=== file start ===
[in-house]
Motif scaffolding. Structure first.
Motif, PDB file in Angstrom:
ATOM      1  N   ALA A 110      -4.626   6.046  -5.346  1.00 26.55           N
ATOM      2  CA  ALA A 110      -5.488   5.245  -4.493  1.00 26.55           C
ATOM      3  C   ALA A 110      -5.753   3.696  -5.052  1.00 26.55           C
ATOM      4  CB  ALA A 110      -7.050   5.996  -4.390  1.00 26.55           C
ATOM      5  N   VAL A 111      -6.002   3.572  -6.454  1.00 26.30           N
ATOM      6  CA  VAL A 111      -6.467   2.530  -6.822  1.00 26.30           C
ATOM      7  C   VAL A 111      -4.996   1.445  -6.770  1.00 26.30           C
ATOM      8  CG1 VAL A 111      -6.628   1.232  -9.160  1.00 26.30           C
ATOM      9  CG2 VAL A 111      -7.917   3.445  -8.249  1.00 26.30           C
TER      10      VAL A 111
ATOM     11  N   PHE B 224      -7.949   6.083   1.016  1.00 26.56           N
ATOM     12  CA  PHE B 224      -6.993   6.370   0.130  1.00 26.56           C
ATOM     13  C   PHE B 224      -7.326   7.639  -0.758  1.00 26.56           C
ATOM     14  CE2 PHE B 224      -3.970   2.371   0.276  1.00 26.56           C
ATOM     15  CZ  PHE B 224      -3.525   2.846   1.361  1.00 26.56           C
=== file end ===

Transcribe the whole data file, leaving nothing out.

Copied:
[in-house]
Motif scaffolding. Structure first.
Motif, PDB file in Angstrom:
ATOM      1  N   ALA A 110      -4.626   6.046  -5.346  1.00 26.55           N
ATOM      2  CA  ALA A 110      -5.488   5.245  -4.493  1.00 26.55           C
ATOM      3  C   ALA A 110      -5.753   3.696  -5.052  1.00 26.55           C
ATOM      4  CB  ALA A 110      -7.050   5.996  -4.390  1.00 26.55           C
ATOM      5  N   VAL A 111      -6.002   3.572  -6.454  1.00 26.30           N
ATOM      6  CA  VAL A 111      -6.467   2.530  -6.822  1.00 26.30           C
ATOM      7  C   VAL A 111      -4.996   1.445  -6.770  1.00 26.30           C
ATOM      8  CG1 VAL A 111      -6.628   1.232  -9.160  1.00 26.30           C
ATOM      9  CG2 VAL A 111      -7.917   3.445  -8.249  1.00 26.30           C
TER      10      VAL A 111
ATOM     11  N   PHE B 224      -7.949   6.083   1.016  1.00 26.56           N
ATOM     12  CA  PHE B 224      -6.993   6.370   0.130  1.00 26.56           C
ATOM     13  C   PHE B 224      -7.326   7.639  -0.758  1.00 26.56           C
ATOM     14  CE2 PHE B 224      -3.970   2.371   0.276  1.00 26.56           C
ATOM     15  CZ  PHE B 224      -3.525   2.846   1.361  1.00 26.56           C